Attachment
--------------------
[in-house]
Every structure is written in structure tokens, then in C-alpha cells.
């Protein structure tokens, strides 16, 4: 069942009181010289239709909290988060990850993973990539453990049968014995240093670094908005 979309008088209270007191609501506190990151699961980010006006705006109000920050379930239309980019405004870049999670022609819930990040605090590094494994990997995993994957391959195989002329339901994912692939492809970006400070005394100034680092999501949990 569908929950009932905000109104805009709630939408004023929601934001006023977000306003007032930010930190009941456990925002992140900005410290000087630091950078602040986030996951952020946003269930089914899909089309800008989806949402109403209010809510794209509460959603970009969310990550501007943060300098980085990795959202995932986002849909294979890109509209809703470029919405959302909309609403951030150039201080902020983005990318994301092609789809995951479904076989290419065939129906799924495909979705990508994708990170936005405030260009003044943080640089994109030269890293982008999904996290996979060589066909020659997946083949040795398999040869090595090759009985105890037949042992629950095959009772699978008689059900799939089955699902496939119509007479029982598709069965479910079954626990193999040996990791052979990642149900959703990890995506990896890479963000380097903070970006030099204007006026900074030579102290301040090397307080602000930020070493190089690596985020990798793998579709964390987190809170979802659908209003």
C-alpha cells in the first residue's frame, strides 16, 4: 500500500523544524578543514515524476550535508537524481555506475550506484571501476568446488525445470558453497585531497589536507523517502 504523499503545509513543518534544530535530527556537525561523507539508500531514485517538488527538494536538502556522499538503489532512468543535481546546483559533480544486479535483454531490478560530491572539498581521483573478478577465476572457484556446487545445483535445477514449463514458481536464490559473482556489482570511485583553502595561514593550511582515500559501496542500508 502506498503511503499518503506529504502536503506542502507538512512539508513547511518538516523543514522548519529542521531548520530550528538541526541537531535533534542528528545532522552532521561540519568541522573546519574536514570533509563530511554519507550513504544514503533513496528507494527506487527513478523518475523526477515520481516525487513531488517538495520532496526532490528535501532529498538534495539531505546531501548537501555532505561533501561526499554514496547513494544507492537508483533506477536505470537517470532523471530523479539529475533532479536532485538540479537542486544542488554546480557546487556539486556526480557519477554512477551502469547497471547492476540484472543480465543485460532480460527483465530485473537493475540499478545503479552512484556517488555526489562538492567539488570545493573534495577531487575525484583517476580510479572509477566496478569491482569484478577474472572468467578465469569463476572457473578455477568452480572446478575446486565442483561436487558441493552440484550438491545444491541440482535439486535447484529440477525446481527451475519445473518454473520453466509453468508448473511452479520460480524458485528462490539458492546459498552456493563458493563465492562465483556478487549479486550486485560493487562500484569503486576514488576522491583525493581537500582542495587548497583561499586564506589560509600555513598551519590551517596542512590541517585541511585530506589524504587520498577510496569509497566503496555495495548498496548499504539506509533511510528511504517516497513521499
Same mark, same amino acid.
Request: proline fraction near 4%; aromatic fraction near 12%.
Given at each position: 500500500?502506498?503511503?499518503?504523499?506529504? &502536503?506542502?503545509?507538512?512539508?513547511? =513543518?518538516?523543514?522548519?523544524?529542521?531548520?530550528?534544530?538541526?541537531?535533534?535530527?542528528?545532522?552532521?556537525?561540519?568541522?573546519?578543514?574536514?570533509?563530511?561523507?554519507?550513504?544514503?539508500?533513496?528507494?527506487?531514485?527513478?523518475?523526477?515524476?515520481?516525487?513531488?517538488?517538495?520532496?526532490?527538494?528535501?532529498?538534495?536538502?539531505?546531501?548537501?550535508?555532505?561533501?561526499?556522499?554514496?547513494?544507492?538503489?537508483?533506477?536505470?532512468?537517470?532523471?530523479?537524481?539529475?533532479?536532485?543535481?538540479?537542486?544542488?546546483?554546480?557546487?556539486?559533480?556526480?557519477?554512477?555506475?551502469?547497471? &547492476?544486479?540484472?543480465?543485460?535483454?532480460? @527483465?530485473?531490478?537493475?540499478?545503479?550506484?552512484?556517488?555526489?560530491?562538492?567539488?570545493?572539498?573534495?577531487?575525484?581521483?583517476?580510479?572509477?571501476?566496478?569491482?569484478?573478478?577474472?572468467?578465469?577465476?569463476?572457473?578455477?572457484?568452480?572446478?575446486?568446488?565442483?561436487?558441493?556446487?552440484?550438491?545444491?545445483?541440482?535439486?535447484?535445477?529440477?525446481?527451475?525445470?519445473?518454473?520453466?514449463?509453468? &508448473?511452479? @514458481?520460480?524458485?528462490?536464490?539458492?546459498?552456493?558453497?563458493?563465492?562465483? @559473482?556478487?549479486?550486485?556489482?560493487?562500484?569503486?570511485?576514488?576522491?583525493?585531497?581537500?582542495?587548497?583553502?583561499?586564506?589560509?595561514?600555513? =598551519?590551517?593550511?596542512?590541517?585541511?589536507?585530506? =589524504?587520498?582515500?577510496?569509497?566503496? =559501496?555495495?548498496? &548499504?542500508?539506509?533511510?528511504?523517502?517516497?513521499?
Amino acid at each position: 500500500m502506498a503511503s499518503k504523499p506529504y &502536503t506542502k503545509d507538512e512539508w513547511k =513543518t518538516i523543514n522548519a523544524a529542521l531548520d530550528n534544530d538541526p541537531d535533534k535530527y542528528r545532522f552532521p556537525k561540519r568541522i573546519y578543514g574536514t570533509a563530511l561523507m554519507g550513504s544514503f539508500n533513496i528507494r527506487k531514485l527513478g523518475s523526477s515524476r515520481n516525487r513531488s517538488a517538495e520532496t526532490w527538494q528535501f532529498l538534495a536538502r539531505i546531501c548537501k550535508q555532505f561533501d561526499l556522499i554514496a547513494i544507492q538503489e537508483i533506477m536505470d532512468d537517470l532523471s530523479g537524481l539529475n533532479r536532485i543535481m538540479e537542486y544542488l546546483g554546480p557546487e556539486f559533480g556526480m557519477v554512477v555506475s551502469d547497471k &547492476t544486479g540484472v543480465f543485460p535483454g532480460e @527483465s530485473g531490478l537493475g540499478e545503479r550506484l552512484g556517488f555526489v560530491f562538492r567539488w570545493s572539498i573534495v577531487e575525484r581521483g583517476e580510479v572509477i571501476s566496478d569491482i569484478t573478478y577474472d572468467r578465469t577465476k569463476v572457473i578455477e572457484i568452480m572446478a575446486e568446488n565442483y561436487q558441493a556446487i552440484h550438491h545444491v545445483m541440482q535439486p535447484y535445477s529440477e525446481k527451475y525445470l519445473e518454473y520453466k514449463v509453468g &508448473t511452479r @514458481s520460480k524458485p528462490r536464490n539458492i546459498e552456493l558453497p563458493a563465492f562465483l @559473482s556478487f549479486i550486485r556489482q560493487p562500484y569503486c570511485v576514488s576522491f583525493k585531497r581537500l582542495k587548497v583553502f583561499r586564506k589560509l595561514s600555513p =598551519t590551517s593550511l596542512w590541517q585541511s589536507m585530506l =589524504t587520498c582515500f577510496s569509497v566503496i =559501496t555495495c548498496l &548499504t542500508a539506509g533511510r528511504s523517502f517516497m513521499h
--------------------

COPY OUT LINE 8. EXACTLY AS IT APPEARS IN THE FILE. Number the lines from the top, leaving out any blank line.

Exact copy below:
Amino acid at each position: 500500500m502506498a503511503s499518503k504523499p506529504y &502536503t506542502k503545509d507538512e512539508w513547511k =513543518t518538516i523543514n522548519a523544524a529542521l531548520d530550528n534544530d538541526p541537531d535533534k535530527y542528528r545532522f552532521p556537525k561540519r568541522i573546519y578543514g574536514t570533509a563530511l561523507m554519507g550513504s544514503f539508500n533513496i528507494r527506487k531514485l527513478g523518475s523526477s515524476r515520481n516525487r513531488s517538488a517538495e520532496t526532490w527538494q528535501f532529498l538534495a536538502r539531505i546531501c548537501k550535508q555532505f561533501d561526499l556522499i554514496a547513494i544507492q538503489e537508483i533506477m536505470d532512468d537517470l532523471s530523479g537524481l539529475n533532479r536532485i543535481m538540479e537542486y544542488l546546483g554546480p557546487e556539486f559533480g556526480m557519477v554512477v555506475s551502469d547497471k &547492476t544486479g540484472v543480465f543485460p535483454g532480460e @527483465s530485473g531490478l537493475g540499478e545503479r550506484l552512484g556517488f555526489v560530491f562538492r567539488w570545493s572539498i573534495v577531487e575525484r581521483g583517476e580510479v572509477i571501476s566496478d569491482i569484478t573478478y577474472d572468467r578465469t577465476k569463476v572457473i578455477e572457484i568452480m572446478a575446486e568446488n565442483y561436487q558441493a556446487i552440484h550438491h545444491v545445483m541440482q535439486p535447484y535445477s529440477e525446481k527451475y525445470l519445473e518454473y520453466k514449463v509453468g &508448473t511452479r @514458481s520460480k524458485p528462490r536464490n539458492i546459498e552456493l558453497p563458493a563465492f562465483l @559473482s556478487f549479486i550486485r556489482q560493487p562500484y569503486c570511485v576514488s576522491f583525493k585531497r581537500l582542495k587548497v583553502f583561499r586564506k589560509l595561514s600555513p =598551519t590551517s593550511l596542512w590541517q585541511s589536507m585530506l =589524504t587520498c582515500f577510496s569509497v566503496i =559501496t555495495c548498496l &548499504t542500508a539506509g533511510r528511504s523517502f517516497m513521499h